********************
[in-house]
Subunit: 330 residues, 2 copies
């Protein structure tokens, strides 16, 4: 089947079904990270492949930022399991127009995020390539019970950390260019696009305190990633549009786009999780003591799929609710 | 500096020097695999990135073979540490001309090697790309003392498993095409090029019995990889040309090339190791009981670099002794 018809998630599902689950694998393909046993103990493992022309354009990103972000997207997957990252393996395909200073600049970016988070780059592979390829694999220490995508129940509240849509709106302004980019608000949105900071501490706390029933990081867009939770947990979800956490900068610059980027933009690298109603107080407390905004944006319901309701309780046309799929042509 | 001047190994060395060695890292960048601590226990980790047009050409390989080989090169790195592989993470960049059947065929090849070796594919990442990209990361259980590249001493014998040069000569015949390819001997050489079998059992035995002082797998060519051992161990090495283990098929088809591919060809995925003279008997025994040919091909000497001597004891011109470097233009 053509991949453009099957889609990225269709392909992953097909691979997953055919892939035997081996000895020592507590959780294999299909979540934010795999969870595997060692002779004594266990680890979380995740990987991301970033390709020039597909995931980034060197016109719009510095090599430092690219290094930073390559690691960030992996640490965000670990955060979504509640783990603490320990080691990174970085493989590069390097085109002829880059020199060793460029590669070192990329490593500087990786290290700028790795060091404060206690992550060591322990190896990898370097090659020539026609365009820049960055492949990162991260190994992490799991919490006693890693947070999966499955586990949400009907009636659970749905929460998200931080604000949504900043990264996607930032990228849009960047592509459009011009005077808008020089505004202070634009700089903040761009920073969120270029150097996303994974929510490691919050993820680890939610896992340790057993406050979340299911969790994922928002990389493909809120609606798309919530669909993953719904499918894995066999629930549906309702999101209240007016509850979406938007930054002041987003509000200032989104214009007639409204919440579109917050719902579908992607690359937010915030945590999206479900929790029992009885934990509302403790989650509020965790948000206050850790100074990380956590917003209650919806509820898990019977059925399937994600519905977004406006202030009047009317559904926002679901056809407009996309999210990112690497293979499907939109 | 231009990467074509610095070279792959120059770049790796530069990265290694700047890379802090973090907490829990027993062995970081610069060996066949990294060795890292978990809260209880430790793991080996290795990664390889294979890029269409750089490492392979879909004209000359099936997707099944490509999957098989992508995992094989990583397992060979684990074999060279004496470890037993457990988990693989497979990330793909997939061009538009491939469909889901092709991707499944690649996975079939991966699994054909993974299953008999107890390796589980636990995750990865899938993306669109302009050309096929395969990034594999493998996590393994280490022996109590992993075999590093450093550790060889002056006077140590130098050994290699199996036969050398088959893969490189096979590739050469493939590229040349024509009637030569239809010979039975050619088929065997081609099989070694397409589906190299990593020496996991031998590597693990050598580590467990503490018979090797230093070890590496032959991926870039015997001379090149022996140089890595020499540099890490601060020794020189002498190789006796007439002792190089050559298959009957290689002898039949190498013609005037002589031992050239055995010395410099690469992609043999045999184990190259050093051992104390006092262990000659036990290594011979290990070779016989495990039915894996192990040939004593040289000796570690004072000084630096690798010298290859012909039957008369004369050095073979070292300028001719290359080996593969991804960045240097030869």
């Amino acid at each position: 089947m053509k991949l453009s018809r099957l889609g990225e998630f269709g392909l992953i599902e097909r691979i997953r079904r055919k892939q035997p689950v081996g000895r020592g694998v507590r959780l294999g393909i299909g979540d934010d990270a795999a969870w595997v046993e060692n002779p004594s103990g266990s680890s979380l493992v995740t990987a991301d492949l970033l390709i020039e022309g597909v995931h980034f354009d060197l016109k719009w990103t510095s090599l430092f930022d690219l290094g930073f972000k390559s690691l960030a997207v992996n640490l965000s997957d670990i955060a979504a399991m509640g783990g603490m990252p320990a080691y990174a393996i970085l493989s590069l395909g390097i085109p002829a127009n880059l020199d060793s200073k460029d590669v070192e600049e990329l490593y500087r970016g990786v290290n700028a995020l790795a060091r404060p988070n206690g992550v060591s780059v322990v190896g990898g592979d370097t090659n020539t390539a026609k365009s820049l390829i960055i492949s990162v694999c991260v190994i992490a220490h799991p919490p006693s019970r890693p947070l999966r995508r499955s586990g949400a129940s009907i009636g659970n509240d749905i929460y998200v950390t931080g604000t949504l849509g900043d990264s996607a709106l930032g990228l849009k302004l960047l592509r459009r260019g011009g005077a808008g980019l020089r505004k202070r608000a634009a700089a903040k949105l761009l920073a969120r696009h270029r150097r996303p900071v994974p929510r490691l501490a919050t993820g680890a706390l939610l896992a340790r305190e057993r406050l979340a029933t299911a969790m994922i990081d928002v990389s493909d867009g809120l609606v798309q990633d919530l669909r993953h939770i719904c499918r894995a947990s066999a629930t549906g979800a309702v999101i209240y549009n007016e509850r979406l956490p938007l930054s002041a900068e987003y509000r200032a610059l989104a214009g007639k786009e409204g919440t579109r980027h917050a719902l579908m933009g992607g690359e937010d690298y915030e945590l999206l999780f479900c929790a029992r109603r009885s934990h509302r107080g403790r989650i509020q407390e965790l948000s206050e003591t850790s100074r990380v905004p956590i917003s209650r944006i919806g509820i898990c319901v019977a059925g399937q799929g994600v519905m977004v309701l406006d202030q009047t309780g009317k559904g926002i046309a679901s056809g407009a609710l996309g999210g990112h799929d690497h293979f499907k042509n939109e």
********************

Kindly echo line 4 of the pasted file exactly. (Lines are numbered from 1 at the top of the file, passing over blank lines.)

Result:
């Amino acid at each position: 089947m053509k991949l453009s018809r099957l889609g990225e998630f269709g392909l992953i599902e097909r691979i997953r079904r055919k892939q035997p689950v081996g000895r020592g694998v507590r959780l294999g393909i299909g979540d934010d990270a795999a969870w595997v046993e060692n002779p004594s103990g266990s680890s979380l493992v995740t990987a991301d492949l970033l390709i020039e022309g597909v995931h980034f354009d060197l016109k719009w990103t510095s090599l430092f930022d690219l290094g930073f972000k390559s690691l960030a997207v992996n640490l965000s997957d670990i955060a979504a399991m509640g783990g603490m990252p320990a080691y990174a393996i970085l493989s590069l395909g390097i085109p002829a127009n880059l020199d060793s200073k460029d590669v070192e600049e990329l490593y500087r970016g990786v290290n700028a995020l790795a060091r404060p988070n206690g992550v060591s780059v322990v190896g990898g592979d370097t090659n020539t390539a026609k365009s820049l390829i960055i492949s990162v694999c991260v190994i992490a220490h799991p919490p006693s019970r890693p947070l999966r995508r499955s586990g949400a129940s009907i009636g659970n509240d749905i929460y998200v950390t931080g604000t949504l849509g900043d990264s996607a709106l930032g990228l849009k302004l960047l592509r459009r260019g011009g005077a808008g980019l020089r505004k202070r608000a634009a700089a903040k949105l761009l920073a969120r696009h270029r150097r996303p900071v994974p929510r490691l501490a919050t993820g680890a706390l939610l896992a340790r305190e057993r406050l979340a029933t299911a969790m994922i990081d928002v990389s493909d867009g809120l609606v798309q990633d919530l669909r993953h939770i719904c499918r894995a947990s066999a629930t549906g979800a309702v999101i209240y549009n007016e509850r979406l956490p938007l930054s002041a900068e987003y509000r200032a610059l989104a214009g007639k786009e409204g919440t579109r980027h917050a719902l579908m933009g992607g690359e937010d690298y915030e945590l999206l999780f479900c929790a029992r109603r009885s934990h509302r107080g403790r989650i509020q407390e965790l948000s206050e003591t850790s100074r990380v905004p956590i917003s209650r944006i919806g509820i898990c319901v019977a059925g399937q799929g994600v519905m977004v309701l406006d202030q009047t309780g009317k559904g926002i046309a679901s056809g407009a609710l996309g999210g990112h799929d690497h293979f499907k042509n939109e």